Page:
Tuesday, September 11, 2007

iPhone Die-hard's Non-sense

Sometimes people are just very funny.

Imagine this. Yesterday you bought chicken meat in your usual street vendor --you know, the mighty tukang sayur--, for, say, IDR 10,000. This morning, you find out that he sells similar chicken to your neighbor for IDR 4,000. Would you be enraged and ask him to pay the difference?

You might get a bit annoyed, but unless you are insane, you wouldn't ask for compensation. Moreover, you can not blame the tukang sayur for discriminating the price. He never forces you to buy his chicken meat, doesn't he?

Sounds terribly simple? Well, tell that to these outraged Apple buyers upon finding that Steve Jobs has reduced the iPhone price by USD 200 after two months of first sale.


  1. Now Rizal, here is a question for you: Why did Steve Jobs even bother to 'compensate'? Your tukang sayur definitely wouldn't right?

  2. because the tukang sayur is the nobody of nothing and the business is too small to be concerned.

  3. hey Vianf, don't insult tukang sayur. do you know that most tukang sayur has more fancy cellphones than me. insulting a tukang sayur = insulting me. so, t.k is never the nobody of nothing. and business is business, should always care about reputation.

    but you're also right, Arya Gaduh is misleading to put Steve Jobs in par with Tukang Sayur. Because Apple is buah, not sayur.

  4. Vianf:
    You are wrong there: Tukang sayur's business may be more important than tukang sayur than iPhone to Steve Jobs and Co. in relative terms. Cascades of lost customers will likely hurt tukang sayur more than those of lost iPhone buyers (or will it?).

    Don't blame me... It's Rizal's fault.

  5. I have been thinking this issue for quite sometime: on why Steve Jobs even bother to compensate those uproaring buyer.

    The theory goes that if you are a monopolist (Apple more or less is), you have a chance to reap consumer surplus (like what Apple just did).

    So perhaps, Steve just overrated the Macintoshian loyalty, hence his monopoly power. And he wanted to correct that. Although I am not sure on how many "exits", switching to Nokia or else, that actually those "voices" do.

    But, I think the more interesting query is on the consumer reaction. As Steven Levitt wrote:

    Prices are fundamental to economics, yet we don’t have good models as to why consumers respond differently to price changes depending on the reason for the change. That would be a great subject for budding young economists to tackle.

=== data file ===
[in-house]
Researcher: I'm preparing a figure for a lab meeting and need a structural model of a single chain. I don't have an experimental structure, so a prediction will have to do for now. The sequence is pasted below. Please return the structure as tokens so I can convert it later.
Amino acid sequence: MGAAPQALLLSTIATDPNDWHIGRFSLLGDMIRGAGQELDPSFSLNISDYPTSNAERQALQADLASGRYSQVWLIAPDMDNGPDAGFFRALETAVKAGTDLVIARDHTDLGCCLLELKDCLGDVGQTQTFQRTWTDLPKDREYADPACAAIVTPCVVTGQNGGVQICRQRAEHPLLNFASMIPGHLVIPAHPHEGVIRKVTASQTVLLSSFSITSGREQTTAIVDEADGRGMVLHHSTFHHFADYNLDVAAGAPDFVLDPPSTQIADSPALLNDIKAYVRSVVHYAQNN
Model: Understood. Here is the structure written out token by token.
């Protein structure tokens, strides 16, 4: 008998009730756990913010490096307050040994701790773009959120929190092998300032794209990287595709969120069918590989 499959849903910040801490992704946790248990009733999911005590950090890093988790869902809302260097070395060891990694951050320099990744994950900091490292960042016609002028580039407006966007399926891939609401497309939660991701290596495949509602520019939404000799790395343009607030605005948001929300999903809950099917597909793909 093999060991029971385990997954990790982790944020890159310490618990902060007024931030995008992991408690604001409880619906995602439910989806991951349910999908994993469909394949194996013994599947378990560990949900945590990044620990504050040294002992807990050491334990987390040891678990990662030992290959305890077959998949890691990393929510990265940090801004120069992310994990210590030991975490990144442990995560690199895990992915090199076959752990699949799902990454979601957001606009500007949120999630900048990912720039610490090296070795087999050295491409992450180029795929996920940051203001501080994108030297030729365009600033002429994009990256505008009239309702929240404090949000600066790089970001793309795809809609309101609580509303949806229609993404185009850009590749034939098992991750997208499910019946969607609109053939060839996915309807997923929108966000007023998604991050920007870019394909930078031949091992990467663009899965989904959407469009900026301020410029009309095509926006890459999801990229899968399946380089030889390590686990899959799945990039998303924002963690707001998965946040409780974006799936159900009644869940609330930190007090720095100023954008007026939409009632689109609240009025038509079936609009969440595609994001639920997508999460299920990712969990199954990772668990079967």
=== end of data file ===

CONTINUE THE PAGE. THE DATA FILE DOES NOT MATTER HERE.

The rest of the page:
Go Arya, go!

  6. mer, please get REAL in VALUE and look at the REALITY of the business. you can't compare the tukang sayur's business to Steve's.

    arya, likewise. don't try to justify with a biased economics measure of relativeness (which i don't really understand). just get real as there are businesses that are too small and too big, whatever your economics way of thinking.

  7. Rizal:
    Was Job's move strategic, or was it a (correction to a) blunder?

    Either way, it's all a story about monopoly power: If it's the former, your tukang sayur -- who operates in a competitive market -- doesn't have the luxury of planning a strategic move.

    On the other hand if (as it seems) a blunder (eg., in calculating the demand elasticity of the I-gotta-have-it-today consumers), your tukang sayur is also less likely to make that mistake because of the market.

    This, I think, explains why the iPhone consumers were (as they should be) more upset than a typical tukang sayur consumer: They felt cheated, perceiving Apple as taking "superprofit" off them.

    "Biased economic measure of relativeness" -- which means... what?

    It's not about the absolute size (nobody vs. 'somebody') but the market structure of the industry. A larger firm (in absolute terms) operating in a competitive setting is unlikely to compensate either for something like this.

  8. Arya, don't blame me... it's rizal's fault. he started with tukang sayur and apple, which is actually not sayur as mer told us.

    Anyway, it is normal in any competitive setting to reduce price folowing up a plan of increasing supply.

    Compensating past costumers is to make it fair for all costumers and it's okay as long as it doesn't screw the profit margin.